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Labor Economics in a Planned Economy: F. A. Hayek and John Jewkes on the Impossibility of Democratic Socialism

Makovi, Michael (2016): Labor Economics in a Planned Economy: F. A. Hayek and John Jewkes on the Impossibility of Democratic Socialism.

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Abstract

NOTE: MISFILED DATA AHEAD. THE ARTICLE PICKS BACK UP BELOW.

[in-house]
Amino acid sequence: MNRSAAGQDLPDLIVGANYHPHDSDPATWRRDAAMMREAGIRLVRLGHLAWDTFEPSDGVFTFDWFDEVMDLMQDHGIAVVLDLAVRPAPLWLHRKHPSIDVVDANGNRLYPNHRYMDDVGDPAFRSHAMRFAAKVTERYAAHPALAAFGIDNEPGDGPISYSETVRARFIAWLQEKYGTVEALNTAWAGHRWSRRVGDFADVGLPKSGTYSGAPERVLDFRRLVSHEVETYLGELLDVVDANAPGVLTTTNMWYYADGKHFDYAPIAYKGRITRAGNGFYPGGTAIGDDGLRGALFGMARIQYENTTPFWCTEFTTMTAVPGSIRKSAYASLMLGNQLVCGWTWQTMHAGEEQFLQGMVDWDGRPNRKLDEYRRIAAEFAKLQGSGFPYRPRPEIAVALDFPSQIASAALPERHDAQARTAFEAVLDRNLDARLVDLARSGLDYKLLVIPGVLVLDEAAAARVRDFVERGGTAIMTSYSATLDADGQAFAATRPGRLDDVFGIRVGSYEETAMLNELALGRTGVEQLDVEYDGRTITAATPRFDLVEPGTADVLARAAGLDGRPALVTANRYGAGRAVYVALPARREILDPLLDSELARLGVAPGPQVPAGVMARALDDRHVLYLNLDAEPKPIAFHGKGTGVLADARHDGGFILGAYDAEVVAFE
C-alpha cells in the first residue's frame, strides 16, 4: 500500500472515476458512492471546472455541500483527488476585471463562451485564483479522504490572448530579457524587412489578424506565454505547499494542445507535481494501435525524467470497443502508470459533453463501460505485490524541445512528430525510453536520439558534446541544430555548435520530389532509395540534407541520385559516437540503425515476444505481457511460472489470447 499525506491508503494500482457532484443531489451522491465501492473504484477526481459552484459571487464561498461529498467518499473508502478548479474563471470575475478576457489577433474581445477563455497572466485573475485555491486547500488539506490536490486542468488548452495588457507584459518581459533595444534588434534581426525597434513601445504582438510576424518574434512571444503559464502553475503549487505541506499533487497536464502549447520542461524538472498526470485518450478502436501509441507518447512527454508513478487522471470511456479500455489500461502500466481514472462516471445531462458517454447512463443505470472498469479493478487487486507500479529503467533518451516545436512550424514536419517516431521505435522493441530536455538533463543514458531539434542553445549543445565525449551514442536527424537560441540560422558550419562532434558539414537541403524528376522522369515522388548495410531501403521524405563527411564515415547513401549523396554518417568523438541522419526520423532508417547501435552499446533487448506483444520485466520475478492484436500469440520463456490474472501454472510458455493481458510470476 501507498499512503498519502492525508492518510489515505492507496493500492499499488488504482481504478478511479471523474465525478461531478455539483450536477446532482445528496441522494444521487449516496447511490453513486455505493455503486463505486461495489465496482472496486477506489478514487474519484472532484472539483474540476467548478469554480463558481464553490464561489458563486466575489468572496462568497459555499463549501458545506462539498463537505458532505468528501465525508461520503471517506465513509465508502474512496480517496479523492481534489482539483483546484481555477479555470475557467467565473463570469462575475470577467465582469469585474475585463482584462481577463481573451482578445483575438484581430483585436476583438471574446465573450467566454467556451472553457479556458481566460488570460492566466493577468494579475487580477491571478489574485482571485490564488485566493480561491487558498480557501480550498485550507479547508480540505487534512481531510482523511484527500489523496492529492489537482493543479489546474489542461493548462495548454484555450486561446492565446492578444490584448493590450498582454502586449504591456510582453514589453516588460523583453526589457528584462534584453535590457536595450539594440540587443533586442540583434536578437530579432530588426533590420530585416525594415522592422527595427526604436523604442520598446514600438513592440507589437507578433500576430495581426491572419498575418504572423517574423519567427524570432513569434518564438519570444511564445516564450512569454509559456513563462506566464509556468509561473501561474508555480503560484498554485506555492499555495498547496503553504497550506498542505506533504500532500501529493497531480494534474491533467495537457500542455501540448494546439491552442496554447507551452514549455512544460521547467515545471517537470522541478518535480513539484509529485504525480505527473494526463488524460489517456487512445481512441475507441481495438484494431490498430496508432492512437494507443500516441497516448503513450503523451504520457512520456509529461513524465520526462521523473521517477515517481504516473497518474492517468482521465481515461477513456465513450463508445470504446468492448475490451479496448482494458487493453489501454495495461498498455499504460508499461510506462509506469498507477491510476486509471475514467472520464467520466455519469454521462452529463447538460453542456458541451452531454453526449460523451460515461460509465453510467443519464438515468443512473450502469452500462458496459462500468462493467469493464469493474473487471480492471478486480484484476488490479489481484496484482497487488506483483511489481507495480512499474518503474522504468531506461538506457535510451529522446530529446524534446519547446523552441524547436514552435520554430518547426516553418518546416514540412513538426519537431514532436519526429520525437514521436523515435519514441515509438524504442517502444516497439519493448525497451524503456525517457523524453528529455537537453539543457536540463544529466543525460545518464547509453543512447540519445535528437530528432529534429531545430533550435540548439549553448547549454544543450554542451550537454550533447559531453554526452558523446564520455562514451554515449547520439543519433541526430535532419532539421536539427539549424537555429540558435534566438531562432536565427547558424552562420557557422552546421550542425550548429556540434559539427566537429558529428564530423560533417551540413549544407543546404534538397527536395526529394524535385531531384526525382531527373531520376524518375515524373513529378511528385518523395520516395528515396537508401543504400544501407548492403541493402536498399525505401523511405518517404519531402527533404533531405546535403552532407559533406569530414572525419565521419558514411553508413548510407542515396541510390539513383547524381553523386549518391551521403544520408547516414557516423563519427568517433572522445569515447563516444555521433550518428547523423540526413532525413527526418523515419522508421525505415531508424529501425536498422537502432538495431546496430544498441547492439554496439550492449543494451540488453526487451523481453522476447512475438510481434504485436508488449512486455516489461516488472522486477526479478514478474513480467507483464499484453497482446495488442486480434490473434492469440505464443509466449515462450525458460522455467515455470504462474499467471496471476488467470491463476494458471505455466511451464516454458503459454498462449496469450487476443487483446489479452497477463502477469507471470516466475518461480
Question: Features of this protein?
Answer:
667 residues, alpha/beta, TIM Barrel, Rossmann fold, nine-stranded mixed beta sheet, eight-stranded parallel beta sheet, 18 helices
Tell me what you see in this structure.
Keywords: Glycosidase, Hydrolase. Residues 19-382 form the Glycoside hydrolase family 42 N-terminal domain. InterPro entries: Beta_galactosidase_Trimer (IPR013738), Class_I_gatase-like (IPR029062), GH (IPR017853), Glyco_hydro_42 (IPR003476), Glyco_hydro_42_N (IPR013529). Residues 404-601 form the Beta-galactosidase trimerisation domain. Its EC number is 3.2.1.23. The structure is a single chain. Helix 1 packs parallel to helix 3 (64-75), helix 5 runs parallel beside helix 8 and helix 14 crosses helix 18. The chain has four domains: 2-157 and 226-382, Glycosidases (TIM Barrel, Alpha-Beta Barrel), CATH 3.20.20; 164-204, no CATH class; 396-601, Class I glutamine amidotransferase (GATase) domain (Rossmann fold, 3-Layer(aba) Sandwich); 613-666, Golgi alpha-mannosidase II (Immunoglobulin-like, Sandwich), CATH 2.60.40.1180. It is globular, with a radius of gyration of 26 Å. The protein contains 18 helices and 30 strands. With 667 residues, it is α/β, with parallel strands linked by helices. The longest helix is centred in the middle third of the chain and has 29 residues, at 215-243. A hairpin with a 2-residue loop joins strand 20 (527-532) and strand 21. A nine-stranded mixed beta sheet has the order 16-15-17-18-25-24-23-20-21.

Milton Friedman (1962) is associated with the claim that political and economic freedom cannot be distinguished (cf. Lawson and Clark 2010), using the famous example that there can be no freedom of speech where the government owns the printing presses. Less well-known is F. A. Hayek's example, drawn from labor economics, used to illustrate the same principle. Hayek was joined in this by his less well-known colleague, John Jewkes. Hayek and Jewkes argued that without a freely operating price system, central economic planning cannot function without compulsory regimentation of labor. Similarly, no state may simultaneously fix “fair” wages and demand a given pattern of productive output and employment. It is impossible to both achieve income equality and accomplish an economic plan. Hayek's and Jewkes's examples help explain why democratic socialism is impossible, in the sense that it cannot accomplish what its advocates desire.

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